1199.The act of putting pen to paper encourages pause for thought, this in turn makes us think more deeply about life, which helps us regain our equilibrium. ~Norbert Platt

The ablest writer is only a gardener first,
and then a cook: his tasks are, carefully to select
and cultivate his strongest and most nutritive thoughts;
and when they are ripe, to dress them, wholesomely,
and yet so that they may have a relish.
~Augustus William Hare and Julius Charles Hare

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I would like to write a poem about the world that has in it
nothing fancy.
But it seems impossible.
Whatever the subject, the morning sun
glimmers it.
The tulip feels the heat and flaps its petals open and becomes a star.
The ants bore into the peony bud and there is a dark
pinprick well of sweetness.
As for the stones on the beach, forget it.
Each one could be set in gold.
So I tried with my eyes shut, but of course the birds
were singing.
And the aspen trees were shaking the sweetest music
out of their leaves.
And that was followed by, guess what, a momentous and
beautiful silence as comes to all of us, in little earfuls, if we’re not too
hurried to hear it.
As for spiders, how the dew hangs in their webs
even if they say nothing, or seem to say nothing.
So fancy is the world, who knows, maybe they sing.
So fancy is the world, who knows, maybe the stars sing too,
and the ants, and the peonies, and the warm stones,
so happy to be where they are, on the beach, instead of being
locked up in gold.
~Mary Oliver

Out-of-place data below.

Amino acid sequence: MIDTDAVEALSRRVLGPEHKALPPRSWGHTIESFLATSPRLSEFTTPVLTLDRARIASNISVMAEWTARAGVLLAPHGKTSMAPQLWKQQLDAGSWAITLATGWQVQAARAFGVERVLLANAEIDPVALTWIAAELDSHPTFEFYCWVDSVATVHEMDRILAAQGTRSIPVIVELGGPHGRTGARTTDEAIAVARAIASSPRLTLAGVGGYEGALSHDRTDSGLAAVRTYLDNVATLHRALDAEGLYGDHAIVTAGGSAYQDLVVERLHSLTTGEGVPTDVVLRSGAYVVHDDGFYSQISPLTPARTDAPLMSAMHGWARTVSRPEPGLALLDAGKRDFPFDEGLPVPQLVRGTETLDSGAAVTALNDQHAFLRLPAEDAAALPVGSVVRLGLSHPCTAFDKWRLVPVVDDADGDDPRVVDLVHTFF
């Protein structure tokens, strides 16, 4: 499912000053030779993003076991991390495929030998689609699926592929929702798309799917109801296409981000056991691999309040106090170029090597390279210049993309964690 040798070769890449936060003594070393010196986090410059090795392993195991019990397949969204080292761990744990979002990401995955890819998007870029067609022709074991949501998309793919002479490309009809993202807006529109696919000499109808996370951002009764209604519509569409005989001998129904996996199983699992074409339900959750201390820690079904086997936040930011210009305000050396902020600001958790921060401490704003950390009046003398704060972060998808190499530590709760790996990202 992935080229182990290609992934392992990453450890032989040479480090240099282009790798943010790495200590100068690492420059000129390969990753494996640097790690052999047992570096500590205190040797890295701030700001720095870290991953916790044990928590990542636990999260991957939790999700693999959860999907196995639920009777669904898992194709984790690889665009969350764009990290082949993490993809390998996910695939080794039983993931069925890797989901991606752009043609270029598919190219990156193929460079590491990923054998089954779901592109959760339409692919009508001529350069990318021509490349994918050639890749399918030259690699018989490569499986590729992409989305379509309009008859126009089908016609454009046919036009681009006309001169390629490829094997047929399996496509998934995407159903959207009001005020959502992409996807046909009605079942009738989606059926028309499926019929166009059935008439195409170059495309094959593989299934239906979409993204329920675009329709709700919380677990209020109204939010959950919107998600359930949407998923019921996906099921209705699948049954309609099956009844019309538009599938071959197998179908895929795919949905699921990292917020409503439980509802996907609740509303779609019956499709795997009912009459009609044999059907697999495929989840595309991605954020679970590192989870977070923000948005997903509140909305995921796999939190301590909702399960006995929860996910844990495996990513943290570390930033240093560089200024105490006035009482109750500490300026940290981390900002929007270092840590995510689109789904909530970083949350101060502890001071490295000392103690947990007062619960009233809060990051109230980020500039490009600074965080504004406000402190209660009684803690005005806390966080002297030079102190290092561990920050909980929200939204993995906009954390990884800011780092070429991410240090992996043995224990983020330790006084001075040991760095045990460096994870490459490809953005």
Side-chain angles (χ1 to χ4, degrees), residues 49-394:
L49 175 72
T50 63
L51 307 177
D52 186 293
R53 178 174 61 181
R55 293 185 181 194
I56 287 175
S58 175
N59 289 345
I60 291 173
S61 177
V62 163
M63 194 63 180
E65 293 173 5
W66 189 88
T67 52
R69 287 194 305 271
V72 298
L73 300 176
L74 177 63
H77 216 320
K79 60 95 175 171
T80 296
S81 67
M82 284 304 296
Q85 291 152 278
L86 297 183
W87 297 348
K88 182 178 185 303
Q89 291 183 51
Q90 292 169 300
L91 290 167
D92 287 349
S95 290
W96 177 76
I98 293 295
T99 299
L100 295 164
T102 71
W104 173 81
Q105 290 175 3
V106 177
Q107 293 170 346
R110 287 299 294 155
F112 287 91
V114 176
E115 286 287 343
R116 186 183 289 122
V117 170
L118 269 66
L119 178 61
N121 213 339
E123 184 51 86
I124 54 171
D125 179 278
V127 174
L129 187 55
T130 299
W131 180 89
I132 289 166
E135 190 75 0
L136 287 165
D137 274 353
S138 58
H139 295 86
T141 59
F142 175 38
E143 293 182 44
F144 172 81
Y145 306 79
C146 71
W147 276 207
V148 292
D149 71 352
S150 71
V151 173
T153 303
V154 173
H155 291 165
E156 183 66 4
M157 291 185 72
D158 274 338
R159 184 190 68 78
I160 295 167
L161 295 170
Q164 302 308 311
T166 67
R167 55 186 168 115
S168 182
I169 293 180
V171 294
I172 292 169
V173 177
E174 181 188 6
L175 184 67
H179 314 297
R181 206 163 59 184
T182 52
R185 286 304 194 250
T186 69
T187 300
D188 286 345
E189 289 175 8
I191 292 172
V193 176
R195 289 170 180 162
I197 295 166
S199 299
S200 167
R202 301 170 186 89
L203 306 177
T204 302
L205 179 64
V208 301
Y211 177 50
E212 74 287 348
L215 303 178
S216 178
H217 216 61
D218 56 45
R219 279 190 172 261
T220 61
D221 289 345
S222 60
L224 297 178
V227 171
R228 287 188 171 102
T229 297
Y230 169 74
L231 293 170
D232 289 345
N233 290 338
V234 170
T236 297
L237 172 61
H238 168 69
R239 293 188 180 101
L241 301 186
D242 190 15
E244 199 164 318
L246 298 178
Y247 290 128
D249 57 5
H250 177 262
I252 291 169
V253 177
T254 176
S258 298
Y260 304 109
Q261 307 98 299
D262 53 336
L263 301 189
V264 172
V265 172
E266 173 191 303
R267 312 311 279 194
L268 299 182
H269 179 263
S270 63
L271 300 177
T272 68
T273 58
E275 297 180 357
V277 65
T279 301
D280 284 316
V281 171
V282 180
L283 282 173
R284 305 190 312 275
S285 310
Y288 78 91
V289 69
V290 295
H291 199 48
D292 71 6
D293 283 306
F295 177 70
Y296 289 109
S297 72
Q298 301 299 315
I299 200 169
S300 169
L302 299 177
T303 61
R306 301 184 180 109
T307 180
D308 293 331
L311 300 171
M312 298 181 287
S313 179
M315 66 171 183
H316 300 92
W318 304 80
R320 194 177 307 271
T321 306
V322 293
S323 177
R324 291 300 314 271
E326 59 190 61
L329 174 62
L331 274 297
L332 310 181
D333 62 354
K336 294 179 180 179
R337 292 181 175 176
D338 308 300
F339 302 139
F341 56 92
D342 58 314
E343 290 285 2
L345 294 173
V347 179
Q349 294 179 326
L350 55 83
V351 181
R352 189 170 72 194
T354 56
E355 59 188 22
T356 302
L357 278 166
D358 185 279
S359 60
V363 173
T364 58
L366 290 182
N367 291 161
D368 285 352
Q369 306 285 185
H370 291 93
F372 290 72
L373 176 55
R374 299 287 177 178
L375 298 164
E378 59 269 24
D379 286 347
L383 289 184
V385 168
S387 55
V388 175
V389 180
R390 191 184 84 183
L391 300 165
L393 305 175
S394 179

My heart is stirred by a noble theme as I recite my verses for the king; my tongue is the pen of a skillful writer. ~Psalm 45:1  ✝

**All images via Pinterest; collage created by Natalie

1114. The hum of the bees is the voice of the garden. ~Elizabeth Lawrence

The bee collects honey from flowers
in such a way as to do the least
damage or destruction to them,
and he leaves them whole, undamaged
and fresh, just as he found them.
~Saint Francis de Sales

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A garden spot may be a noisy place
Where droning bees seek honey,
Spiders weave their silver lace upon the trees,
And little birds sing songs the livelong day.

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Or it may be so silent that is seems
The flowers sleep, and shy
Mysterious virgin dreams their vigil keep,
And God communes with earth all day.
~Pringle Barret

Eat honey, my son, for it is good; honey from the comb is sweet to your taste. ~Proverbs 24:13  ✝

**Images of the bees via Pinterest; images of spider webs found on Pixabay

 

723. Bee to blossom, moth to flame; each to his passion; what’s in a name? ~Helen Hunt Jackson

I wanted to know the name
of every stone and flower
and insect and bird and beast.
I wanted to know 
where it got its color,
where it got its life…
~George Washington Carver

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The real name of this beauty is Tradescantia, but it’s commonly called Spiderwort, a name not my favorite for two reasons. First, I’m not a big fan of spiders and secondly as a kid I had lots of warts. And so to put those two irksome things together for such a colorful and interesting bloom seems to me to do it a terrible injustice. But then it’s real name is a tad hard to spell and to remember for that matter too. So what’s one to do? Though it got its color and its life from the Lord, it was mortal men who gave it such a dreadful name; perhaps now it is time for a change, and one day I shall just have to come up with a name of my own for this lovely, small, but fetching flower.